More than two dozen photos were submitted by those who participated in October’s CBA Church Network mission trip to Hungary. The groundbreaking trip saw more than 50 churches representing more than a dozen CBA churches partnering together with churches across the Hungarian Countryside.

A Photo Gallery Opening & Awards Night was held last week to celebrate the winners of the amateur photo contest. The gallery, presented at the CBA Church Network Offices in Fairview, features the contest winners alongside photographs taken by members of the CBA media team who accompanied the group on the trip.

Grand Prize honors went to Becky Lawrence of First Baptist Church of Allen for her photograph of school children praying during a special rally at one of the schools operated by Hungarian Baptist Aid, a division of the Hungarian Baptist Union. Lawrence also took home an honorable mention for another photo of Hungarian school children.

First prize went to CBA Executive Director Vince Smith for his photograph of an ordination service.

Second prize was awarded to Cynthia Williamson of Community North Baptist Church for a photo of her pastor’s wife talking with a woman following a Hungarian church service. Williamson also garnered an Honorable Mention for this photo taken during a lesson about cowboys in Texas.

Third prize went to Jennifer Duke of FBC Wylie for this group selfie taken on the streets of Budapest.

The gallery will remain on display at the CBA headquarters in Fairview until the end of March. In October of 2019, CBA Church Network churches will return to Hungary to continue the partnership started last year.

For more information about how you can be part of the 2019 trip to Hungary October 2-14, send an email to: tellmemore@cbachurchnetwork.org.

Hungary Missions Photo Gallery Opening & Awards Night

2018 Hungary Missions Photo
Opening & Awards Night

A Gallery Opening and Awards Ceremony will be held at the CBA Office in Fairview at 7pm on Tuesday, January 15.
This special gallery exhibit will include featured photographs from the CBA Media Team, and will bring special recognition to the winners of the First Annual CBA Church Network Hungary Missions Amateur Photo Contest.
You are encouraged to attend this memorable event, and invite family members, friends, and church members to see photographs and hear participants share highlights from our mission trip to Hungary. We will also share some basic information about mission opportunities to Hungary in 2019 and beyond. Admission is free.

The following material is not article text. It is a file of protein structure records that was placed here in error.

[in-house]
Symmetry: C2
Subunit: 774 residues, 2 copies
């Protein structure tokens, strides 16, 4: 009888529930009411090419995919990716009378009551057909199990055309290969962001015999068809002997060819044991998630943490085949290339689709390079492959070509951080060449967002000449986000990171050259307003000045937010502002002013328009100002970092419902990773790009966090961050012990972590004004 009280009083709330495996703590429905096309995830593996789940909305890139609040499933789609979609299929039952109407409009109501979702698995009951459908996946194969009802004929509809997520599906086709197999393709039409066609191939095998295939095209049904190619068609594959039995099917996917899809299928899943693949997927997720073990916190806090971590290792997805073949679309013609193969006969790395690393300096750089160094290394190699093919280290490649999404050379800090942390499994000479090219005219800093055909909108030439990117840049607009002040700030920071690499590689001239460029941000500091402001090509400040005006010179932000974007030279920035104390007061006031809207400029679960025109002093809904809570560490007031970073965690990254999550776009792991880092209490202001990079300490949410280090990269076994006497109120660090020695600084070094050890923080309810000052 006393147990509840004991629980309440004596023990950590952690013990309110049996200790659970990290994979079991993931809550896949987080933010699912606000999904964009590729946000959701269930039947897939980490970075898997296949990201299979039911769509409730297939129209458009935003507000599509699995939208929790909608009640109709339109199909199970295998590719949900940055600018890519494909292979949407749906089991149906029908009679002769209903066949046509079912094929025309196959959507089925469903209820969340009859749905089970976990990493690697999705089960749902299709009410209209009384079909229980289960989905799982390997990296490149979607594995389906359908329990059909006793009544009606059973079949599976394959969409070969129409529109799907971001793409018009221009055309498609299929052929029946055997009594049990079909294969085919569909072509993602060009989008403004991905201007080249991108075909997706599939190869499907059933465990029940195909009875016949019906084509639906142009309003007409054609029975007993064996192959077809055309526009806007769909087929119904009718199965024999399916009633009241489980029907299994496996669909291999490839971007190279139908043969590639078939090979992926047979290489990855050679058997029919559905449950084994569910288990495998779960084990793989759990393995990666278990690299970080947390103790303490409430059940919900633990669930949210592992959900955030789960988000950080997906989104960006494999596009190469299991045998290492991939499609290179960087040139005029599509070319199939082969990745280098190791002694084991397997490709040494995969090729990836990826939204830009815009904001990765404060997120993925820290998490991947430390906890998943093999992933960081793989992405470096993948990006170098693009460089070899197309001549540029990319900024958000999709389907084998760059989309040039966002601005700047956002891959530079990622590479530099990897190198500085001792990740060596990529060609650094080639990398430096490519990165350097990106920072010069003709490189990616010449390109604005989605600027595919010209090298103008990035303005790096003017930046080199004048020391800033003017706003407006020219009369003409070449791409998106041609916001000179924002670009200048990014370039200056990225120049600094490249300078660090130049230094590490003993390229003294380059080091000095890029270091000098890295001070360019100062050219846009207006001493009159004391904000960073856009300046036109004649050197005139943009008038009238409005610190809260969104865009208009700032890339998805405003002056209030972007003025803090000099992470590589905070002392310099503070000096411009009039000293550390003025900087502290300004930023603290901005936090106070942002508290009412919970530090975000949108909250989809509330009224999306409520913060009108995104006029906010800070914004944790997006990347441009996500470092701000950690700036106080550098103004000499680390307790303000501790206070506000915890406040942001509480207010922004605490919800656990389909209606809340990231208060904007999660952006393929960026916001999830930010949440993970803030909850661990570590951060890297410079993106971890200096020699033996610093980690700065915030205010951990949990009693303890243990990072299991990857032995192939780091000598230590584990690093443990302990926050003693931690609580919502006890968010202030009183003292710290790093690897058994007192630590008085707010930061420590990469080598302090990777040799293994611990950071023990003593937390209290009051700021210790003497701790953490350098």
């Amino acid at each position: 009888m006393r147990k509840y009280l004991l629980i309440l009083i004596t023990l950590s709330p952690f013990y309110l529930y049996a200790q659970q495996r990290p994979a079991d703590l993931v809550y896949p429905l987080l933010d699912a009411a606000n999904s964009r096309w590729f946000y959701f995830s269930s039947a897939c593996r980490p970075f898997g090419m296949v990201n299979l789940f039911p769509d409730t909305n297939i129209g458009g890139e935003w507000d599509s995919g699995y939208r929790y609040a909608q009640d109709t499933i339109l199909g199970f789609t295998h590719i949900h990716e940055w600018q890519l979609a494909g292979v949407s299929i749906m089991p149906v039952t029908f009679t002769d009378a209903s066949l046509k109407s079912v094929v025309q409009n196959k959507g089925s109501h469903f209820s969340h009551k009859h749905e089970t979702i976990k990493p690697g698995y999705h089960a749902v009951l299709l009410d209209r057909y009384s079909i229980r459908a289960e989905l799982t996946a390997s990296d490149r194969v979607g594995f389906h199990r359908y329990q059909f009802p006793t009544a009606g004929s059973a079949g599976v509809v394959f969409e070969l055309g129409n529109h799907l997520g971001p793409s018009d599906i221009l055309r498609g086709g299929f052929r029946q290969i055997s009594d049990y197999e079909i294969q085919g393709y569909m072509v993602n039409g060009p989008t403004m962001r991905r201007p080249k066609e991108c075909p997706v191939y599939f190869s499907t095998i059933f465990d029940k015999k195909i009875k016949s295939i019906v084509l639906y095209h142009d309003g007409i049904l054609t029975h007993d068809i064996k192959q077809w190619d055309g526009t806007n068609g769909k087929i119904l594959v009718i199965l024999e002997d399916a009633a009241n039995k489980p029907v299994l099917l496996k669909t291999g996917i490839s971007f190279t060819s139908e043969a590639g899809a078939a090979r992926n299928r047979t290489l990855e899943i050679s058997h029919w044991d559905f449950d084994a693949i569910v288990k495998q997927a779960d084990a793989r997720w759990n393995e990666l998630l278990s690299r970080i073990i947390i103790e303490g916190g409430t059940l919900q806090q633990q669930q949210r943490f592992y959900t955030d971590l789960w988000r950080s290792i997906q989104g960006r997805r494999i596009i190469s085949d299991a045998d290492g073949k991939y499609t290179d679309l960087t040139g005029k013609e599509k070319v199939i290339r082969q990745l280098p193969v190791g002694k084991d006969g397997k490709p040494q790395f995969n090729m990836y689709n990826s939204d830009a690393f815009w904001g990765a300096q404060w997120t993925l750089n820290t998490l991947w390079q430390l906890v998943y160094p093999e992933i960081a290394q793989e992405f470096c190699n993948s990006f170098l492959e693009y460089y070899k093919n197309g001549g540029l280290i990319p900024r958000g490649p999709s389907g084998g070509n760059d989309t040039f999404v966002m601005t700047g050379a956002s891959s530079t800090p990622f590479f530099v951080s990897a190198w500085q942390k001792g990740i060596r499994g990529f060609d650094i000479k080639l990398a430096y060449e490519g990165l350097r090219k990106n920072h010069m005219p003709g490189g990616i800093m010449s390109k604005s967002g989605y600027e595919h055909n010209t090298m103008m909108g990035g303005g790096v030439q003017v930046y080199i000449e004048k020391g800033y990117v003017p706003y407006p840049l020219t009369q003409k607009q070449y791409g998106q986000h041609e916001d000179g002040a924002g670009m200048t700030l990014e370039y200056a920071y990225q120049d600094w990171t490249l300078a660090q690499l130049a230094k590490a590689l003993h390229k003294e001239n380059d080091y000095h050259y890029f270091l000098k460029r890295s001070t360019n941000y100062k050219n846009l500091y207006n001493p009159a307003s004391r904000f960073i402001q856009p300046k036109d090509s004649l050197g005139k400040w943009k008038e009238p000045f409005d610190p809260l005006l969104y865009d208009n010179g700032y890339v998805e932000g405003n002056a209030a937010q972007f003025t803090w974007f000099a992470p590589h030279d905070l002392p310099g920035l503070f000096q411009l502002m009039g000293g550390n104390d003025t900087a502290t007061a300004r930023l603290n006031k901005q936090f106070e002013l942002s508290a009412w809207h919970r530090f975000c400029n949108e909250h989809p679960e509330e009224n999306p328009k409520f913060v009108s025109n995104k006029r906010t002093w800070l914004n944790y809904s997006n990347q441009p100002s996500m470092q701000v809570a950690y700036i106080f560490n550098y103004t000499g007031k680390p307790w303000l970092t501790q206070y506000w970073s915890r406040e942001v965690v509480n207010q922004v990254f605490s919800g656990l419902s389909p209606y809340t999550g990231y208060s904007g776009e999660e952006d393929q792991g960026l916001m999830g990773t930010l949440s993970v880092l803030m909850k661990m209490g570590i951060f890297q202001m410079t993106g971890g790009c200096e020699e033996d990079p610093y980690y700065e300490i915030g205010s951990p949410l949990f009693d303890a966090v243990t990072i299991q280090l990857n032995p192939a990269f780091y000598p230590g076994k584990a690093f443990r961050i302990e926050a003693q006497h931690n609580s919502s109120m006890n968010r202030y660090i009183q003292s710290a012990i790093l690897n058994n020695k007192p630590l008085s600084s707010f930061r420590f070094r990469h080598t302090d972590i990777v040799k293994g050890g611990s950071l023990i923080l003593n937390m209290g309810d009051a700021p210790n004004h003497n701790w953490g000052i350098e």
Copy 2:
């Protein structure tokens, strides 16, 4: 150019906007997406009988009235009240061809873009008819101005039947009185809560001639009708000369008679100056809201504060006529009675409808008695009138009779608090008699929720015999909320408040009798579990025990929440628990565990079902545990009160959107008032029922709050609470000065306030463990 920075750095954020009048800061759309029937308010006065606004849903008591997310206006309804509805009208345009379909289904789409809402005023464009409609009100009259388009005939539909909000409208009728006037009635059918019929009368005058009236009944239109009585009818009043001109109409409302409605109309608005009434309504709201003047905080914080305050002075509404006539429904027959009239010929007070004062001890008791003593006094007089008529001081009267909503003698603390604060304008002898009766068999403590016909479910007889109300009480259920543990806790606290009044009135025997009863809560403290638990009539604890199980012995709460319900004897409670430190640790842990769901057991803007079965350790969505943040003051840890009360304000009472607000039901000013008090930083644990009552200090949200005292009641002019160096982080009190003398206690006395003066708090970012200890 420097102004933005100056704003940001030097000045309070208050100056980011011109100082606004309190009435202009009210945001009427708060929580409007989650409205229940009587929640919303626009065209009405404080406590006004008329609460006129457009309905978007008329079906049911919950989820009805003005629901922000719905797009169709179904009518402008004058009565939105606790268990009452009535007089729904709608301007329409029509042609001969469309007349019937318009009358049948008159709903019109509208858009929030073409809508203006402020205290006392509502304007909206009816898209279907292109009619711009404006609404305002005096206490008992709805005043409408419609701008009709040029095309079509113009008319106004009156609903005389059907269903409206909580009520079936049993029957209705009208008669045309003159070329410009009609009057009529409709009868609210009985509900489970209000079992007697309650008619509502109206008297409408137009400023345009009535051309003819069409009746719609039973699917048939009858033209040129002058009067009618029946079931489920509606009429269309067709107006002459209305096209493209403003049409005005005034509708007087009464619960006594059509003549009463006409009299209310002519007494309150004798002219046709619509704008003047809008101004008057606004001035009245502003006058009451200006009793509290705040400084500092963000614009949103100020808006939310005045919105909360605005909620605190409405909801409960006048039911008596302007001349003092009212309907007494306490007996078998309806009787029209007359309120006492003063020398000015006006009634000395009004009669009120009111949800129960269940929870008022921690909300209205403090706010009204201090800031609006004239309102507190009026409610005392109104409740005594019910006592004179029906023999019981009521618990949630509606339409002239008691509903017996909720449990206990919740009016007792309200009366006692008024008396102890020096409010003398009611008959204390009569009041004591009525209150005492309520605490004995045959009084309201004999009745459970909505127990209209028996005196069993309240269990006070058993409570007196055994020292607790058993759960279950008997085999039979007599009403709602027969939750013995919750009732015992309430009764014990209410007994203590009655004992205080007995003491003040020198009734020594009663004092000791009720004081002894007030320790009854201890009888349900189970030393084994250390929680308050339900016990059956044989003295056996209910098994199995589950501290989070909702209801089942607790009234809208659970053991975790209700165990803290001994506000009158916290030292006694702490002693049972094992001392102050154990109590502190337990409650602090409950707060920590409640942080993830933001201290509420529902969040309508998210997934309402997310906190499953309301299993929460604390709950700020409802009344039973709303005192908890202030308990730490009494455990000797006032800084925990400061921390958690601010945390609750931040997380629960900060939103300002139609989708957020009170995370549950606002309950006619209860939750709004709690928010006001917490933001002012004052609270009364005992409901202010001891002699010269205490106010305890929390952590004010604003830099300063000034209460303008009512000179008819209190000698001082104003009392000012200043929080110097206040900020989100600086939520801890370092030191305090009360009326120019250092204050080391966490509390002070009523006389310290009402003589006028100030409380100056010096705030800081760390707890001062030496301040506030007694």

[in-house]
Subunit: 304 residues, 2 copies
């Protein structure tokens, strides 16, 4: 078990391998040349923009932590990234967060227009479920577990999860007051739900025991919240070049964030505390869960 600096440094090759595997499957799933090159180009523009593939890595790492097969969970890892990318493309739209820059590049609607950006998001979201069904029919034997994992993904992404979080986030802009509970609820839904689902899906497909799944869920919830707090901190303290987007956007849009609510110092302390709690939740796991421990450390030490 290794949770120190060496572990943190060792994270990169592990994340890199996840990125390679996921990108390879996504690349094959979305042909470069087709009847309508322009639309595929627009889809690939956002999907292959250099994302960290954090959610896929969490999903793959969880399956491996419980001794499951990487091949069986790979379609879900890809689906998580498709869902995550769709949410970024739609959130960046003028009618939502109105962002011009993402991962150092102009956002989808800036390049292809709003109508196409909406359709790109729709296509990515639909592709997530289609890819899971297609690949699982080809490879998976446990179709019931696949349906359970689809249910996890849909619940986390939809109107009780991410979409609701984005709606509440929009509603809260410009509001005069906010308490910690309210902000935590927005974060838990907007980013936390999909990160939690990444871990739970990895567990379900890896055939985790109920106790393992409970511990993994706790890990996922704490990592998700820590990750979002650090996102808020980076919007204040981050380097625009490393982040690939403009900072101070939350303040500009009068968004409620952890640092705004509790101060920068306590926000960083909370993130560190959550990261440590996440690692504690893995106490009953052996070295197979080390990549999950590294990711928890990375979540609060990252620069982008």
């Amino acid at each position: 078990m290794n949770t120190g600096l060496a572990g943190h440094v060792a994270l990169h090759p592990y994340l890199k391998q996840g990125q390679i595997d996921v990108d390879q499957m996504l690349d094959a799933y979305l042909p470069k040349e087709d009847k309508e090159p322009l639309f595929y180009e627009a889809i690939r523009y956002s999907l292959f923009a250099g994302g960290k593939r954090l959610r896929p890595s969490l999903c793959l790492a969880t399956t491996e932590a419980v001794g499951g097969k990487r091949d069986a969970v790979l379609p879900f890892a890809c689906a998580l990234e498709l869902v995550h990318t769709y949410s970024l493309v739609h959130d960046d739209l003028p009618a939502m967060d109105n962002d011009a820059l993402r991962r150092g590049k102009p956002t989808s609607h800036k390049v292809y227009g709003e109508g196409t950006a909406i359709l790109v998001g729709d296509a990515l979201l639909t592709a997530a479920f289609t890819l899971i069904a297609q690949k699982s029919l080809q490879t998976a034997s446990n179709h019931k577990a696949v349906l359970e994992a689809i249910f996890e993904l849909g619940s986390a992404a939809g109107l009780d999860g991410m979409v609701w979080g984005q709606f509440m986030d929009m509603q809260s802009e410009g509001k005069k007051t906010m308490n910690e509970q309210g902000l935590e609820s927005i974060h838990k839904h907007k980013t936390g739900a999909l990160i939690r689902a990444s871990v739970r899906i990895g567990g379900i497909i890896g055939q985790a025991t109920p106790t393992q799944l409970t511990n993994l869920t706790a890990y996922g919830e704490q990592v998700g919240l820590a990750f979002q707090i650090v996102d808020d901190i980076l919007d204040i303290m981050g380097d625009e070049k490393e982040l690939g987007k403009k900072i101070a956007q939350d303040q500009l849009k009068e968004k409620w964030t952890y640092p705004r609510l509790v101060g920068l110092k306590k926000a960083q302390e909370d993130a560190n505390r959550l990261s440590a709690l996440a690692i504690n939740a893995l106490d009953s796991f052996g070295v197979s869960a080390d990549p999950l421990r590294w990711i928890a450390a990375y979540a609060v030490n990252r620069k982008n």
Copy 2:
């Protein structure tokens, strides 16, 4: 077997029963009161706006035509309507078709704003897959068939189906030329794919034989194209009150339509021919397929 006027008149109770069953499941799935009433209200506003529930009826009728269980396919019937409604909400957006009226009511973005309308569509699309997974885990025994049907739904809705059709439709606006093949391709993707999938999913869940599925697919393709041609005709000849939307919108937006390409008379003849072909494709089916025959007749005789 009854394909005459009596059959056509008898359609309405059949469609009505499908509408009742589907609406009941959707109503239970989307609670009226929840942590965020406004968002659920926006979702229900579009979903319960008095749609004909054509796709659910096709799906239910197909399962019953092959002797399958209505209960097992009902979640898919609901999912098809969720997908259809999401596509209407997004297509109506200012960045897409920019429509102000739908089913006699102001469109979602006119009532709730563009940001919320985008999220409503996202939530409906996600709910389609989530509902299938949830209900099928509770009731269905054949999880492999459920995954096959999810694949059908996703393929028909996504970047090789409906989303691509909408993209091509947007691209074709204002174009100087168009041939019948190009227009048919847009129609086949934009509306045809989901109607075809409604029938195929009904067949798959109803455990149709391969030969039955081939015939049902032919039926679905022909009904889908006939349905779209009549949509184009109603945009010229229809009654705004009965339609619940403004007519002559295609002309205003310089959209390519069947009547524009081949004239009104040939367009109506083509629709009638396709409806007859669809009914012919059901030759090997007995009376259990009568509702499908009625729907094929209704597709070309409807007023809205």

Gallery Opening & Awards Ceremony
Tuesday, January 15
CBA Church Network
970 S. Hwy 5, Fairview, TX 75069
These photos touched my heart. You can see the love and compassion of Jesus Christ through His witnesses in Hungary as you see these images. ” – Contest Judge

Storms of Fear – CBA Ministry in Puerto Rico

Storms of Fear – CBA Ministry in Puerto Rico
By Marc Ira Hooks

A resident of Coamo shares her fears about another storm hitting the island.

Fear followed by panic gripped residents of the hurricane-battered island of Puerto Rico this week as the first named storm of the Atlantic Hurricane Season swept through Monday. The remnants of Hurricane Beryl, downgraded to a tropical storm before it made landfall on the southeast side of Puerto Rico, brought heavy rains and flash floods. The island is still recovering from the effects of Hurricane Maria last year.

“People went into panic mode Thursday and Friday,” said Princeton, Texas, resident Rafael Gutierrez, a native Puerto Rican  attending a family reunion this week on the west side of the island. “Hurricane Maria left a lot more than the physical damage. People here are emotionally scarred.” Before this week’s storm, more than 10,000 homes were still without power as a result of Maria which tore through the island last September. Officials at the Puerto Rico Electric Power Authority are now estimating the number of powerless homes is closer to 13,000. Some parts of the island are still without running water.

“What I saw over the weekend is a clear example of the fear and anxiety the people of Puerto Rico are living with,” Gutierrez said. “Since Maria, their lives have changed completely.”

Overlooking the city of Coamo, Puerto Rico. More than nine months after Hurricane Maria, many of the homes are still covered with blue tarps instead of roofs. Many of these houses are uninhabitable.